Since taking over as leader of the party in June, 2019, Sabuni has pulled the party back into the right-wing opposition, breaking off the January Agreement under which the Liberal Party and Centre Party supported a Social Democrat prime minister. 

She has at the same time upset many in her party by deciding that it will back a right-wing government that is dependent on the support of the far-Right Sweden Democrats. 

Perhaps the main reason for her departure, however, is the poor polling figures the party has had under her leadership, which now put it just over two percent, well below the four percent needed to enter the parliament. 

“This is a task which I’m taking on with energy and humility,” Pehrson said in a press release. “The Liberals are the key to a liberal, right-wing government, and I am now ready to lead the Liberals through a historic election campaign.”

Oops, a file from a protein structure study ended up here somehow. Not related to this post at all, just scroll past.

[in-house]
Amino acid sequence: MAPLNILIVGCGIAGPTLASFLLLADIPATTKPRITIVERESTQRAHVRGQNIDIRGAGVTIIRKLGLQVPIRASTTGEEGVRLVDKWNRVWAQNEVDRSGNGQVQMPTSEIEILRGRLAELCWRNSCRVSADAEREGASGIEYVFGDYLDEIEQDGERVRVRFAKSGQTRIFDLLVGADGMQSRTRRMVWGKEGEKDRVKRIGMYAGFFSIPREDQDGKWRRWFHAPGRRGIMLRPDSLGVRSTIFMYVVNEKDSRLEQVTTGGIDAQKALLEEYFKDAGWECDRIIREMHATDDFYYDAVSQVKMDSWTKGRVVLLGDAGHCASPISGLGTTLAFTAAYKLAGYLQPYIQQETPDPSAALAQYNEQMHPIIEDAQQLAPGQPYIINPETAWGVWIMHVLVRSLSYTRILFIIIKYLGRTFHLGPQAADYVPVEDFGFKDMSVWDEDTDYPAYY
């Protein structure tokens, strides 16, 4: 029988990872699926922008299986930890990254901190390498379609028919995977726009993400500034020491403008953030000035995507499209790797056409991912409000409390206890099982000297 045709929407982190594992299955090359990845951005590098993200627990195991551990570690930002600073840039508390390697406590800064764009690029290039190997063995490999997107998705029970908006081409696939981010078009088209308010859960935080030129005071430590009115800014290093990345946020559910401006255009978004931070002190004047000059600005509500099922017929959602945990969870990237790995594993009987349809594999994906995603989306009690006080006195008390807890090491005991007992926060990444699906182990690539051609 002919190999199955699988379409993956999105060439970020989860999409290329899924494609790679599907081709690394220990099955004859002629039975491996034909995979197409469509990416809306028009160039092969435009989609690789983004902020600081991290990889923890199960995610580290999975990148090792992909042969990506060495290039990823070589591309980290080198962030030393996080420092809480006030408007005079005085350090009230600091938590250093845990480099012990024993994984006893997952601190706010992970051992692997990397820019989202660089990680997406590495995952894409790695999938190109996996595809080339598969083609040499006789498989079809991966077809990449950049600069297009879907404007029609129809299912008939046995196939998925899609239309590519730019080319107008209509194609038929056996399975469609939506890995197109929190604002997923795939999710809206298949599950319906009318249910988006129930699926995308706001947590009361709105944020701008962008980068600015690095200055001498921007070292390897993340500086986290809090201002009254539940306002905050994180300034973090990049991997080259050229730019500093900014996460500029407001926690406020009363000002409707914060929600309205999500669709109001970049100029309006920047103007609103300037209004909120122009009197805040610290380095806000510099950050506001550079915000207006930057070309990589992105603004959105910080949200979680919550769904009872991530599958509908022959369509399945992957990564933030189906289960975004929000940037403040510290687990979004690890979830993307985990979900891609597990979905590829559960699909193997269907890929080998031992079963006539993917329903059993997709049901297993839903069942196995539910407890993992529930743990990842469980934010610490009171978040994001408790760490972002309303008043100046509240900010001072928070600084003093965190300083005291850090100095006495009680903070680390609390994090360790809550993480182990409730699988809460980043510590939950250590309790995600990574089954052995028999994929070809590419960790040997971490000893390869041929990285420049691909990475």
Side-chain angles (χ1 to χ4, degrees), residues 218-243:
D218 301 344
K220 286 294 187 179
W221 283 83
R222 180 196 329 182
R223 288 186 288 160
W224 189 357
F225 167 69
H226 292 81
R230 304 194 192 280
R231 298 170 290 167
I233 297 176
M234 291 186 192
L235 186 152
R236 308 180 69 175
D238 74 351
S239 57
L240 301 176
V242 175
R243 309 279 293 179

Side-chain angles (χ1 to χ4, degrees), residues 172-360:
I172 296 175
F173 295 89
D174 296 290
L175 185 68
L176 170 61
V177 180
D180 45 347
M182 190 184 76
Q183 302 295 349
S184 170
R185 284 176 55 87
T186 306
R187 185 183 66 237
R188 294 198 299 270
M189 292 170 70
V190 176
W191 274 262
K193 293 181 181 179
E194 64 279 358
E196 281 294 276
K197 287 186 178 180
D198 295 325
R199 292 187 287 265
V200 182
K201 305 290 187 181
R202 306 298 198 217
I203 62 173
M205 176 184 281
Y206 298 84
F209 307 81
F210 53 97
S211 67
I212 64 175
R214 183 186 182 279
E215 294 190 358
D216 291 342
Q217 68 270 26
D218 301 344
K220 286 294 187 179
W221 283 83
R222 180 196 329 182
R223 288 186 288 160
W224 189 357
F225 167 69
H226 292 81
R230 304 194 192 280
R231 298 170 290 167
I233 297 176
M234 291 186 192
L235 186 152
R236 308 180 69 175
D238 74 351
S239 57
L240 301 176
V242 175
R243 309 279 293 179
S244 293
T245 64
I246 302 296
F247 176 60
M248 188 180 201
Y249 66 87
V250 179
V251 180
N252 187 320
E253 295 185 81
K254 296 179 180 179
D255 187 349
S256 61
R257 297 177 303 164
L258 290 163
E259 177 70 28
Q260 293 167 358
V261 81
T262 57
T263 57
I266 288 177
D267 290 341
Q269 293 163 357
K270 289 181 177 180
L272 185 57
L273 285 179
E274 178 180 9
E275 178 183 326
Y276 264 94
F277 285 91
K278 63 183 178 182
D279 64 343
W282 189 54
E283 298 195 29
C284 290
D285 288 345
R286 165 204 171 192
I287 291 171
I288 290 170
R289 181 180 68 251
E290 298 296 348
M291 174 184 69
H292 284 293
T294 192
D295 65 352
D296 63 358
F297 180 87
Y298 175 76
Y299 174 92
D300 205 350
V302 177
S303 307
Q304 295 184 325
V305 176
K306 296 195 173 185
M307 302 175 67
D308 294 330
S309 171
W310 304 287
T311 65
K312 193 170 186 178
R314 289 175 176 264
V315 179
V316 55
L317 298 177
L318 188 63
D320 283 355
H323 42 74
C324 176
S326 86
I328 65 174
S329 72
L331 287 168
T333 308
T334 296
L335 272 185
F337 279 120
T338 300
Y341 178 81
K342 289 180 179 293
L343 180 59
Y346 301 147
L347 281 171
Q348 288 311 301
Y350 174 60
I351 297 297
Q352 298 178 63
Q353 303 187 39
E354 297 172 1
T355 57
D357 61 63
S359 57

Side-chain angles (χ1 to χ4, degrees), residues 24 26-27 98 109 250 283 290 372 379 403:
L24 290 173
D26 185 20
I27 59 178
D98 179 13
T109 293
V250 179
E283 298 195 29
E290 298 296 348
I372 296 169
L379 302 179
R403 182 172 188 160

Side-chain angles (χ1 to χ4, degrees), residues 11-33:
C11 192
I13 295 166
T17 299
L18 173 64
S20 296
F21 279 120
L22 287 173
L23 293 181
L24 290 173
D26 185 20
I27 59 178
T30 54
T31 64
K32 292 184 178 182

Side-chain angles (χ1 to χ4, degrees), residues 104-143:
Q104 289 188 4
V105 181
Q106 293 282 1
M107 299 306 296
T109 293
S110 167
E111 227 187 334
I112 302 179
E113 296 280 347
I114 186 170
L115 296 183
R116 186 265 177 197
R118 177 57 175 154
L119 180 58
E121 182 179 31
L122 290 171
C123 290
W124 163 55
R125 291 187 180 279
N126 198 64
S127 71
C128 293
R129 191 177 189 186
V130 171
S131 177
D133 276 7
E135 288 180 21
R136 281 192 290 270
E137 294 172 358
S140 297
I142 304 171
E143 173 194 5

Member comments

  1. She is quite right to think like that : Norway is a founding NATO member, and has the full protection of NATO from external military threats. Sweden should apply for membership of NATO.

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What’s the Swedish Christian Democrats’ abortion contract all about?

Ebba Busch, leader of Sweden's Christian Democrats on Monday presented an "abortion contract", which she wants all of Sweden's party leaders to sign. What's going on?

What's the Swedish Christian Democrats' abortion contract all about?

What’s happened? 

Ebba Busch, leader of Sweden’s Christian Democrat party, called a press conference on Monday in which she presented a document that she called “an abortion contract”, which was essentially a pledge to safeguard the right of women in Sweden to have an abortion.